Sacrificial zincs play a vital role in making sure your boat stays above the water, and you do not get saddled with very expensive repairs. They protect the propeller, propeller shaft, and any other exposed metal structures below the surface of the water. Not only that, sacrificial zincs help protect metals from corrosion any time they come into contact with salt water. Outboard motors have them, usually on the lower unit, and diesel engines also have them in the raw water circuit. Zincs to the important job of protecting metals from the corrosive effects of salt water.

Are Your Divers Checking The Zincs?

When you have a diver clean the bottom of your boat each month, one of the things they do, or should be doing, is check the wear on your sacrificial zincs, especially the most important is the one located on the propeller shaft. This is a very important zinc. It protects both the propeller and drive shaft. If those were to be eaten away by electrolysis, then you could end up in some deadly conditions while out at sea.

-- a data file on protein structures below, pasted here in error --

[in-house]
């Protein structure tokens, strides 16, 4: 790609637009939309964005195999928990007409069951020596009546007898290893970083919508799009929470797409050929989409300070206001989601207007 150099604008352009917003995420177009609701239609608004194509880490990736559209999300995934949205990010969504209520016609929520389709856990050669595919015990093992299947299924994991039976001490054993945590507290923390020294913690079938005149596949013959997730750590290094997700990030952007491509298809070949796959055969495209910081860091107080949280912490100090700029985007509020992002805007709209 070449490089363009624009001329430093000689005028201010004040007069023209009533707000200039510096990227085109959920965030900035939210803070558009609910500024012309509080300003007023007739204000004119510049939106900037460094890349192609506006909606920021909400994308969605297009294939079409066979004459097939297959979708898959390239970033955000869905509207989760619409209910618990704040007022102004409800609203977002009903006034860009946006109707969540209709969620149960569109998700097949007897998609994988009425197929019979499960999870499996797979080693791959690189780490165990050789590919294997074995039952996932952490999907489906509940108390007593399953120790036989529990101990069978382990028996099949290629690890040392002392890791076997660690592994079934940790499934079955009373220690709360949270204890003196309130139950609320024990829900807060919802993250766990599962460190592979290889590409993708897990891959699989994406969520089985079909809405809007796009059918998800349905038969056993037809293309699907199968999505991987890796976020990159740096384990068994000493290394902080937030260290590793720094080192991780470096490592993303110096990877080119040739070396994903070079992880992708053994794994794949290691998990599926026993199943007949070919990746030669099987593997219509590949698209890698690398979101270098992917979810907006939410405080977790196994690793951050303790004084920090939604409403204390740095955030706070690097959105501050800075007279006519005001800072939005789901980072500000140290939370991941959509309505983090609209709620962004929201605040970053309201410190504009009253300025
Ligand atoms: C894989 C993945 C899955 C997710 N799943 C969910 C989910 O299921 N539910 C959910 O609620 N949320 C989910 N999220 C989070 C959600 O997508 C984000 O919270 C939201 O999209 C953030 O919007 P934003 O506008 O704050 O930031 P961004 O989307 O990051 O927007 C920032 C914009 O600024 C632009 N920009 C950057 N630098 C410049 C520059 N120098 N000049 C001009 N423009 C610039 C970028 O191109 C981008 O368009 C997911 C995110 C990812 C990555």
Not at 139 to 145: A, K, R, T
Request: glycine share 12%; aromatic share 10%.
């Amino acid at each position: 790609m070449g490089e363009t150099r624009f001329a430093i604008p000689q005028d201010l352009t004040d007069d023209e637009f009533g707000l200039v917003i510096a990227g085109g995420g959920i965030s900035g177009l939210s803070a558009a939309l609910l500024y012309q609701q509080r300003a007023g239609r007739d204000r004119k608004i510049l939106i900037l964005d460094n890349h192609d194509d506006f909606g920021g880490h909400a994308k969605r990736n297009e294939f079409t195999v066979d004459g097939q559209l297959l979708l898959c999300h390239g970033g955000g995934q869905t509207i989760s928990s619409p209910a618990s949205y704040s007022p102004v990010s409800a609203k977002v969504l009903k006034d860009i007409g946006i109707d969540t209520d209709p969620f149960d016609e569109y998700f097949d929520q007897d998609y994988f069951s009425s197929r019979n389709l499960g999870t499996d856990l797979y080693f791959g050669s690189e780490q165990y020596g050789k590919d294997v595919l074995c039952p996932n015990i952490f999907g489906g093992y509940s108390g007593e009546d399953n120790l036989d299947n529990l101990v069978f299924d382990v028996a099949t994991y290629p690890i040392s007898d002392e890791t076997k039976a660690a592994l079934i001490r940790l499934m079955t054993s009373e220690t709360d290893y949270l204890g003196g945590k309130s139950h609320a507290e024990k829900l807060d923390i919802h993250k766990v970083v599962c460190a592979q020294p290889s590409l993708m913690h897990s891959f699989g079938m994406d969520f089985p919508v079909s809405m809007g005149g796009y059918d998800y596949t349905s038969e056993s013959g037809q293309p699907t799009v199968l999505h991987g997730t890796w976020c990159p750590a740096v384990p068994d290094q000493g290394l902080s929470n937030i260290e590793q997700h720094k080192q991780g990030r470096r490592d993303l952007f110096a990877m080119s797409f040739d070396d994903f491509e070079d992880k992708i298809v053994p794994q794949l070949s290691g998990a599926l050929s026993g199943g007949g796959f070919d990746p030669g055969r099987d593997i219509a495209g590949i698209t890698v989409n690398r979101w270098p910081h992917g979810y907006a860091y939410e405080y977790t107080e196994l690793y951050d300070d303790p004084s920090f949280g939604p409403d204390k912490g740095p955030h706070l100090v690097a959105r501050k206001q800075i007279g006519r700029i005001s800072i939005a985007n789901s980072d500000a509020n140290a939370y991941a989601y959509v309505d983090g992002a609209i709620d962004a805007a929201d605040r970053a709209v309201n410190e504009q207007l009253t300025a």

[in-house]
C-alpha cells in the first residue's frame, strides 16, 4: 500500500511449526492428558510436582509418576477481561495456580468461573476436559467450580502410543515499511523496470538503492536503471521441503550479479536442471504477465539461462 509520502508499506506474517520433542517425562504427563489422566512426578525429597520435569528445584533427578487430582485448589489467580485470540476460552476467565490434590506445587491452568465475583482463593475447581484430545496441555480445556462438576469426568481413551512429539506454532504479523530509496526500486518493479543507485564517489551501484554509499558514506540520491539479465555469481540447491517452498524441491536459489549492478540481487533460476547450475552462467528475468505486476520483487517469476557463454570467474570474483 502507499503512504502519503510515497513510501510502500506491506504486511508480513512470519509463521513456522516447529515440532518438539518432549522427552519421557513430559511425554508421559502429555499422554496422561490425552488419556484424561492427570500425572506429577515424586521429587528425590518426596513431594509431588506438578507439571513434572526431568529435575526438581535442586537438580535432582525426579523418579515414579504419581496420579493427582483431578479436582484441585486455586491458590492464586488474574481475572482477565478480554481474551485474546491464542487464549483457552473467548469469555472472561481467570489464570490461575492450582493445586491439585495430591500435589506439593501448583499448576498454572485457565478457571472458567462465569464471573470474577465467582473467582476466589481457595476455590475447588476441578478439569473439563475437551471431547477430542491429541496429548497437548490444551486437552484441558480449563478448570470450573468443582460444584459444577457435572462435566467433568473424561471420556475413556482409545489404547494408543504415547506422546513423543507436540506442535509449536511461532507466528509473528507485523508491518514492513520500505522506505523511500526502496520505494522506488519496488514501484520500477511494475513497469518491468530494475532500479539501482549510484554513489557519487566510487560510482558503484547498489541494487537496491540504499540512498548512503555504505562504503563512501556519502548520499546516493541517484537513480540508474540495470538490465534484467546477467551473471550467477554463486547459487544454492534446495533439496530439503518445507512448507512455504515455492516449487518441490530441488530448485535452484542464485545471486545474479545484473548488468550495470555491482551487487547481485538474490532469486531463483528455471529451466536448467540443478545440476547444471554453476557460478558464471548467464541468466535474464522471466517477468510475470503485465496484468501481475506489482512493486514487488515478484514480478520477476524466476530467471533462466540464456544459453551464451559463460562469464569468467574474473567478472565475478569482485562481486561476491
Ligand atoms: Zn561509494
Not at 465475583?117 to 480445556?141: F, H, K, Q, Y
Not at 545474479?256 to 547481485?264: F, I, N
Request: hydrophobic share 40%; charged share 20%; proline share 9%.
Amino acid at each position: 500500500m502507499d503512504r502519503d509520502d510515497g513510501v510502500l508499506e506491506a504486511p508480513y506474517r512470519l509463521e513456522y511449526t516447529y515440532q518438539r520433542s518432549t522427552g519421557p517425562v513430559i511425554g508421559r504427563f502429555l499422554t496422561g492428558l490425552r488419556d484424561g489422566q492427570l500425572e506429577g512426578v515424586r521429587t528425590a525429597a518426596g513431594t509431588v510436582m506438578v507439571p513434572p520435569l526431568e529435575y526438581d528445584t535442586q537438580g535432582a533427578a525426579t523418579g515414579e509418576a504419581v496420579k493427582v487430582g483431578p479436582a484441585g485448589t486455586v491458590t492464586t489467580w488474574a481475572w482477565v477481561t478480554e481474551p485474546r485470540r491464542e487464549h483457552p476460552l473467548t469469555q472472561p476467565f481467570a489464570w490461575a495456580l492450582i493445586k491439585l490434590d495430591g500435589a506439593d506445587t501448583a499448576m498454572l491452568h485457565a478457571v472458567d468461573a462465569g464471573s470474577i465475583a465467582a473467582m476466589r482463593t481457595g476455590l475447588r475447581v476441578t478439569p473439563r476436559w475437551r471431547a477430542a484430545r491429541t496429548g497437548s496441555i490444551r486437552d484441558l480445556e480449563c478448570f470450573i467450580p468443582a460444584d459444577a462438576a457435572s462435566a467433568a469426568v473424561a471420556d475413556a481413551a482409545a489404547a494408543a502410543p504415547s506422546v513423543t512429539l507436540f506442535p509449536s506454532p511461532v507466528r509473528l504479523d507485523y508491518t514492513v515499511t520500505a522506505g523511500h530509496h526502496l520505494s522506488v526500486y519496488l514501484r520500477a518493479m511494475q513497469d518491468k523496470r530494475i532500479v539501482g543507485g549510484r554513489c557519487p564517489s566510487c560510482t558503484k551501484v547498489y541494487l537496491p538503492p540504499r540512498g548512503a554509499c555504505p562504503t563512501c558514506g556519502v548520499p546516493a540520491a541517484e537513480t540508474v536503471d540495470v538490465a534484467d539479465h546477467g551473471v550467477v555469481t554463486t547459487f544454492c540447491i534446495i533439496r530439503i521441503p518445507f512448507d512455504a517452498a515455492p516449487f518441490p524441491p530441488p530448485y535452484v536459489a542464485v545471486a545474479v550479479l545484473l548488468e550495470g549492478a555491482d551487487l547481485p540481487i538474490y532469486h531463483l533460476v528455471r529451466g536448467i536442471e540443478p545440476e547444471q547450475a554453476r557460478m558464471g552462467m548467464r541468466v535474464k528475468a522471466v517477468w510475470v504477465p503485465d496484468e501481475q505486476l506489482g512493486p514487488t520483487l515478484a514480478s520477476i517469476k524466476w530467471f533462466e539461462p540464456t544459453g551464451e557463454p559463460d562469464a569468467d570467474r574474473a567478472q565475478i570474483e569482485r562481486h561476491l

Corrosion At The Marina

Galvanic corrosion is the process of one metal corroding before another metal when both metals are in electrical contact. Salt water is a very good electrical conductor and when you have your boat in a marina, there is always some electrical conduction going on. There could be faulty wiring at the marina itself, or another boat nearby could have electrical current leaking into the water through improper grounding.

Ensure Your Boat’s Safety

Zincs need to be monitors to ensure your boat safety at the marina. It should be checked are regular intervals to ensure that there is a good amount of zinc there to ‘sacrifice’ for the good of the other metals.

Sacrificial Zincs Essential To Boat Health

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